Every course has holes where you absolutely have to drive your ball to one side. The other side is dead – water, out-of-bounds, deep bunkers, trees. And on some of those holes, the good side is harder for you to get to, given your normal shot shape. That conflict causes anxiety and usually some kind of awkward, uncommitted swing.
I’m going to give you a simple plan, depending on your tendencies, that will transform the way you drive the ball on those holes. Best of all, my advice is focused only on the setup. Get set properly, and you can just drive away.
Pick Out Something Positive
Remember this when you step up to a tee shot with trouble on the side you fear: ignore the picture. A lot of golfers get consumed with the trouble; it’s all they see. I want you to identify a positive target, and set your attention there. It’s a good idea to not even look in the landing area where the problems are. Figure out where you want your ball to end up, then pick something in the distance – a tree, a house, a greenside bunker – and see a shot that puts you in line with that target. Now, you still have to make a drive that gets you there.
Read below, and I’ll show you how.
Three Keys To Stay Left
“If you fight a slice, set up with your shoulders closed and tilted back.”
1. Strengthen your grip
Grip the club with your top hand first, rotating it away from the target so you see more of the logo on your glove. To add your bottom hand, start with it in a low position, by your trail thigh [left]. Bring the hand up to the club, which will naturally put it more on the underside of the grip. This procedure sets your hands in what’s called a “strong” position, making it easier to close the clubface through impact and produce a draw.
2. Tilt your shoulders
With a strong grip, you’ll tend to close your shoulders at setup. Great, because that helps predict a swing path more to the right. Of course, you don’t want to hit the ball right, but it’s easier to close the face to a path that’s moving right – and the face is the biggest determinant of direction. When the shoulders are closed, they’re also tilted away from the target, so that’s a good checkpoint [right].
3. tee it higher
Tee your ball so more than half of it is above the top of your driver. That puts the centre of gravity of the clubhead much lower than the middle of the ball, which promotes a draw. Also, play the ball farther back, a few inches behind your front heel, so you make contact with the clubhead still travelling on the outward part of its arc (in to out). The clubface will be closed to the swing path at impact, and the ball will start to the right and curve left.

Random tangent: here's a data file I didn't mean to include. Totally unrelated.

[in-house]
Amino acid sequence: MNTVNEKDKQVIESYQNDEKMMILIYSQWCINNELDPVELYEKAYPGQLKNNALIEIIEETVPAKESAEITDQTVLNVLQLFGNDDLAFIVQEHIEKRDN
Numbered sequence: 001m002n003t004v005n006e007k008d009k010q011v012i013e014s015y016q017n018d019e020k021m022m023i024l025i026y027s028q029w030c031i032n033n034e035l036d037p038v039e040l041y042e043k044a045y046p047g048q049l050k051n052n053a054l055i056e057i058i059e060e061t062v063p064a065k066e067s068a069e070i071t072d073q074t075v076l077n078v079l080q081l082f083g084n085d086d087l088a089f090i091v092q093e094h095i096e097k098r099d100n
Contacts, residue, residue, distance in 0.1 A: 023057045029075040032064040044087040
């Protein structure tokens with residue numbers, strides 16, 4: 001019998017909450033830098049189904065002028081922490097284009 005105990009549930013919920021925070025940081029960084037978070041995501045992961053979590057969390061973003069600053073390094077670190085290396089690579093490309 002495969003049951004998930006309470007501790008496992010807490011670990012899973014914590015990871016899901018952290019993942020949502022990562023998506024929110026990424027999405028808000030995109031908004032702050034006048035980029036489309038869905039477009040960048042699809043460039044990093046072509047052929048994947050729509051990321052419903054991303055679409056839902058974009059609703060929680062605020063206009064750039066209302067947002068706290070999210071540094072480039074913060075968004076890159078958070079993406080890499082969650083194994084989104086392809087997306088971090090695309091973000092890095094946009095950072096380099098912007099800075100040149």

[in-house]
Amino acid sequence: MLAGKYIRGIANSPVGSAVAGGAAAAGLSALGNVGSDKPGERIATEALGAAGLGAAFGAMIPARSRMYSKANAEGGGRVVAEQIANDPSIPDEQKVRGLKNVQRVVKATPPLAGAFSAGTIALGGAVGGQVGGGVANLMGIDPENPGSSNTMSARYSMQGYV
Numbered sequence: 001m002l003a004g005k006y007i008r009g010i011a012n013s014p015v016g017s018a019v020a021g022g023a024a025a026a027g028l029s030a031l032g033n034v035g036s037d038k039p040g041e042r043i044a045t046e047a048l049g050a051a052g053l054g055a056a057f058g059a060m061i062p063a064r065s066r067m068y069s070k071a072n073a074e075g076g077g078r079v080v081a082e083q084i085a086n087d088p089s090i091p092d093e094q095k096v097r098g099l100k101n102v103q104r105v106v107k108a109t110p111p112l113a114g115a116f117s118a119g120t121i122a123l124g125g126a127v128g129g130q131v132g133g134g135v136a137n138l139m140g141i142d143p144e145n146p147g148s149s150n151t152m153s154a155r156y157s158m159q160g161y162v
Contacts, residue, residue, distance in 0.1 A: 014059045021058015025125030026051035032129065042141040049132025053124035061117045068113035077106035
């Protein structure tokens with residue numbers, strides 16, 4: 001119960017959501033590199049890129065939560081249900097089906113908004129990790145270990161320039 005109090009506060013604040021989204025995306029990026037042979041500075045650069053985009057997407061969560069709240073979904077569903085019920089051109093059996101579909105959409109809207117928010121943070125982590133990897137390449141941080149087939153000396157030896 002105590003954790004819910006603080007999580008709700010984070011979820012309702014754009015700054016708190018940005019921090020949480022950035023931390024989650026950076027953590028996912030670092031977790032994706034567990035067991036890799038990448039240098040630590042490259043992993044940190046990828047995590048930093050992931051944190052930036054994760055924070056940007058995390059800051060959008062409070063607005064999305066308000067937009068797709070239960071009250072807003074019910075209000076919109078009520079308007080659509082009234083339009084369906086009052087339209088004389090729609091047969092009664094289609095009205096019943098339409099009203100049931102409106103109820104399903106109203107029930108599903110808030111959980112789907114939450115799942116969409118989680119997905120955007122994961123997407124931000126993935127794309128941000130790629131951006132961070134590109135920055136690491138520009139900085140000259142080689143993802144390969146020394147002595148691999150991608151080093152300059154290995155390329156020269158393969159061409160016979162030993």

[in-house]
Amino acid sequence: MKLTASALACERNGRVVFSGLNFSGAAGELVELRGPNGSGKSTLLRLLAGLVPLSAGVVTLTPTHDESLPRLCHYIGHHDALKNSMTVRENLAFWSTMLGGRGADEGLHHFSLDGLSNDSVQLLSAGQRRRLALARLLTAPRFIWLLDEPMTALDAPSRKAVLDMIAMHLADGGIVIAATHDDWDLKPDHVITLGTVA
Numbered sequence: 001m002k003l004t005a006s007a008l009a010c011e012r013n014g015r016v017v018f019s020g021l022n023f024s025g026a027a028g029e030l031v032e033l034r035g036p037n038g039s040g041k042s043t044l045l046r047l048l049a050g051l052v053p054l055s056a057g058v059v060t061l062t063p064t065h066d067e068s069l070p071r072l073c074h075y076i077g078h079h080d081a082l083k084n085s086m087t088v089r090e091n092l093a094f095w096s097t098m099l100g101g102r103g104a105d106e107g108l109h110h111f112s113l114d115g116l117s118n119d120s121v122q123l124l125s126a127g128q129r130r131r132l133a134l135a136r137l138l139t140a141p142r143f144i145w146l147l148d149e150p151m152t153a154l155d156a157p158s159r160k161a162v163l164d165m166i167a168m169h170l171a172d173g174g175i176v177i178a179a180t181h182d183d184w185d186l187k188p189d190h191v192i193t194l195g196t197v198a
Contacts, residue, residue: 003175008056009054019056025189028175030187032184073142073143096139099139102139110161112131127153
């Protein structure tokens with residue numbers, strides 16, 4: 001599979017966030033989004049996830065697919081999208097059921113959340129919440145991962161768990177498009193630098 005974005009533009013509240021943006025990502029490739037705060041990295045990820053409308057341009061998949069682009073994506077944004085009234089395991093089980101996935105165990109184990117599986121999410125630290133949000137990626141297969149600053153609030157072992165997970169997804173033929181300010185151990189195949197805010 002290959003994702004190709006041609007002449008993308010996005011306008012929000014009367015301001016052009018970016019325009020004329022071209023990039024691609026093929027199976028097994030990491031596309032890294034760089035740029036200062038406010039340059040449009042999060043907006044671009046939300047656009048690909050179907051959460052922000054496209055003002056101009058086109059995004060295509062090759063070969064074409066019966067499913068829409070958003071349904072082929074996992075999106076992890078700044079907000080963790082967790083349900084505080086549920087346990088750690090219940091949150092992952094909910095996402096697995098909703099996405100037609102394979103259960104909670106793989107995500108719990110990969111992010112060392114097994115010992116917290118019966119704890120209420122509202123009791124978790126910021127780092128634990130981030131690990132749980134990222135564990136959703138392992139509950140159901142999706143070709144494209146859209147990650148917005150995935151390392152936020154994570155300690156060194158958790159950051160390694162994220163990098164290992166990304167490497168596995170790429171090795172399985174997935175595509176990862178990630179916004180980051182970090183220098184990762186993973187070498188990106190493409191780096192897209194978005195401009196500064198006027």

Three Keys To Stay Right
“If you fight a hook, set up with your shoulders open and more level.”
1. weaken your grip
Grip the club with your top hand first, setting the thumb more straight down the handle so you see less of the logo on your glove. Bring your bottom hand in from a position directly across from the handle [right]. This will put the hand more on top of the grip, as opposed to underneath it. Now your hands are in what’s called a “weak” position, which promotes an open clubface at impact and helps keep the ball from going left.
2. level your shoulders
With a weak grip, you’ll tend to set up with your shoulders open. That helps predict a swing path more to the left. I know, you don’t want to hit the ball left, but with the path moving that way, it’s easier to keep the clubface open. (Remember, the face is the biggest factor in shot direction.) When the shoulders are open, they’re also more level to the ground, and the trail arm feels really extended [above].
3. tee it lower
Tee your ball so most of it is below the top of your driver. That puts the centre of gravity of the club more in line with the middle of the ball, which promotes a fade. Then, play the ball off the instep of your front foot. This is slightly forward of the standard position and will help you strike the ball with the clubhead travelling on the inward part of its arc (out to in). The face will be open to the path, and the ball will start left and curve right.
See here for more instruction from New Zealand Golf Digest and Michael Breed, who spoke with Peter Morrice.